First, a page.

Did you catch the Grammys this weekend? Let’s face it, except when they exhumed the bones of Aerosmith and reassembled them on stage, you had no idea who the majority of those musicians were. Even I, culturally literate, perennially hip bird guy that I am, found myself Googling the nominees because I have never heard of Tyler, the Creator and was only vaguely aware of Billie Eilish.
If you find yourself disoriented and puzzled by today’s music, fret not - I’m here to offer you an alternative, something real to cling to in these confusing times – the Bird Grammys.
This award show is not well known, mostly because I just invented it today. But for the sake of this piece, let’s just assume that Bird Report culture correspondents and ornitho-musicologists have been traveling the globe to assemble the nominees. Without further ado, here they are.
First, the winner in the Classical category, the Musician Wren of South America. This obscure but remarkable species of deep Amazonian jungle has been studied by musicologists, who have published papers noting the wrens’ use of consonant fourth, fifths, and octaves, which is unusual among birds, as well as similarities between their songs and passages from Haydn’s Symphony #103. The question is, who stole from whom? The courts will have to decide.
Staying in the jungle for a moment, our next category is “Solo or ensemble performance on jungle movie soundtracks”, and the nominees include Screaming Piha, the self-styled voice of the Amazon, and the Limpkin, whose screams are characteristic of marshes and swamps from Florida to Brazil. But the hands-down winner is the Laughing Kookaburra, an Australian kingfisher whose iconic performances appear inappropriately in jungle-set movies all over the world.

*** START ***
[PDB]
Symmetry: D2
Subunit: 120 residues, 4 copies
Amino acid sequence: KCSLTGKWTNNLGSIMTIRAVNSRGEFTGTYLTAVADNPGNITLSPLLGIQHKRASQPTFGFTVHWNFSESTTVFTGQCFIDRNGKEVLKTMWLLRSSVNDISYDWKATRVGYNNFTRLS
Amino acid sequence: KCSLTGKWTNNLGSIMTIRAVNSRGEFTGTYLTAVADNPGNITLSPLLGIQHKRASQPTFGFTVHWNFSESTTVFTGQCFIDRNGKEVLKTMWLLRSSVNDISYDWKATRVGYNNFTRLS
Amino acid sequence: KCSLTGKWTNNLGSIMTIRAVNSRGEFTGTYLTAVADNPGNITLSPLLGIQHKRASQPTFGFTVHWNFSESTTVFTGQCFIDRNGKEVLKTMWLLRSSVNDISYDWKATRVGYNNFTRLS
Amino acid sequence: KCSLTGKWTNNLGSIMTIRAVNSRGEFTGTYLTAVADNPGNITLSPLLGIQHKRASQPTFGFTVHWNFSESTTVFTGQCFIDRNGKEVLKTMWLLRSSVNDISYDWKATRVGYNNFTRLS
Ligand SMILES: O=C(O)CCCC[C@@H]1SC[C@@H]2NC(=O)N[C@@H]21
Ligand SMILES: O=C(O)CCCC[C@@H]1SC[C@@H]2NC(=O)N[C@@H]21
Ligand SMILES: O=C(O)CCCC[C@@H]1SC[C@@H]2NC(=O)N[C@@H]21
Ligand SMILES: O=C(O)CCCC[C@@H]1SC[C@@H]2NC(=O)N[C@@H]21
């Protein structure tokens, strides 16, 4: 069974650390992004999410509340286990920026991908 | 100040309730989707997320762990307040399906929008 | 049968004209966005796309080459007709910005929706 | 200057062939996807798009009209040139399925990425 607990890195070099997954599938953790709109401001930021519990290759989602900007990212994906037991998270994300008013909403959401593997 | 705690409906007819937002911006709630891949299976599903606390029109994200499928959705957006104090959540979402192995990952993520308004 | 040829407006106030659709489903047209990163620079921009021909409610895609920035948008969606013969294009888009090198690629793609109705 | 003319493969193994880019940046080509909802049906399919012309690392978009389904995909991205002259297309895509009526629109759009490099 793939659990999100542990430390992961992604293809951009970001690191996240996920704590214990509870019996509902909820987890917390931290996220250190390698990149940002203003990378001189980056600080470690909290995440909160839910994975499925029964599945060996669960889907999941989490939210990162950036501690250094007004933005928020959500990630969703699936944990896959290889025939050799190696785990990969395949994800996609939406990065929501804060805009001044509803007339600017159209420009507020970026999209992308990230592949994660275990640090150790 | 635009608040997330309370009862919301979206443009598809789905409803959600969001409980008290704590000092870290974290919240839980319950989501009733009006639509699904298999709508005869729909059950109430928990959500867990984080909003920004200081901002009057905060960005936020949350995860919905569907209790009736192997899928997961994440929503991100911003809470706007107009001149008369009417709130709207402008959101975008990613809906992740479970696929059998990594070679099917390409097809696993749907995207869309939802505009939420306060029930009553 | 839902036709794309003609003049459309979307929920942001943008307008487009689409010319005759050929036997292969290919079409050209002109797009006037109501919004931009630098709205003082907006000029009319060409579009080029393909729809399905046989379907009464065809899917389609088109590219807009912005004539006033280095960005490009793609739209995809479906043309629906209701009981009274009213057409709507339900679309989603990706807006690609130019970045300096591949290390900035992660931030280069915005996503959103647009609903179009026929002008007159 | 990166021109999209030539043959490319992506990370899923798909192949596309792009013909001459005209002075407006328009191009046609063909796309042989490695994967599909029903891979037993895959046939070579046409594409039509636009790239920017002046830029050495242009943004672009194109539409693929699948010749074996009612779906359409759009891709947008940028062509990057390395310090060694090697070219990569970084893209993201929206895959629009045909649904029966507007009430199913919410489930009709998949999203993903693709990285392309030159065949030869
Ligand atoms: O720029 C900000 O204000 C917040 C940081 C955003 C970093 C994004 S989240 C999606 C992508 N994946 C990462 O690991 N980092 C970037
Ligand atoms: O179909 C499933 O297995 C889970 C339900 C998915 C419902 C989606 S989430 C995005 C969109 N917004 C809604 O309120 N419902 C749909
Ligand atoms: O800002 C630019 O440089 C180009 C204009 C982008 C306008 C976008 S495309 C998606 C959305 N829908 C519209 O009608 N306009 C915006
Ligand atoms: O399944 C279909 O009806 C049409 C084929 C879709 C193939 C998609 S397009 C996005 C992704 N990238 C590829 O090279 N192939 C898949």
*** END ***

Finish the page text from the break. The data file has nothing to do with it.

Next up we have the “Best Cover Artist” category. Nominees include the Northern Mockingbird,
the European Starling, and the Mynas, all of which can imitate almost anything they hear, but the winner is the amazing Superb Lyrebird of Australia, for their creative use of the more industrial sounds around them.
For the kids out there into Euro-style EDM - that’s Electronic Dance Music to the uninitiated - the hands down winner in that category is the Jack Snipe of Eurasia, with this eerie, trance-inspired number recorded at a studio in a Swedish bog.
For the category “Best guest appearance in a human song” we had to go back a few years to find our winner, the Common Blackbird, a European species closely related to our American Robins, as heard in the Beatles song of that name.
Thus ends this international installment of the Bird Grammys. Stay tuned next week for the North American version, unless of course I decide to do something else.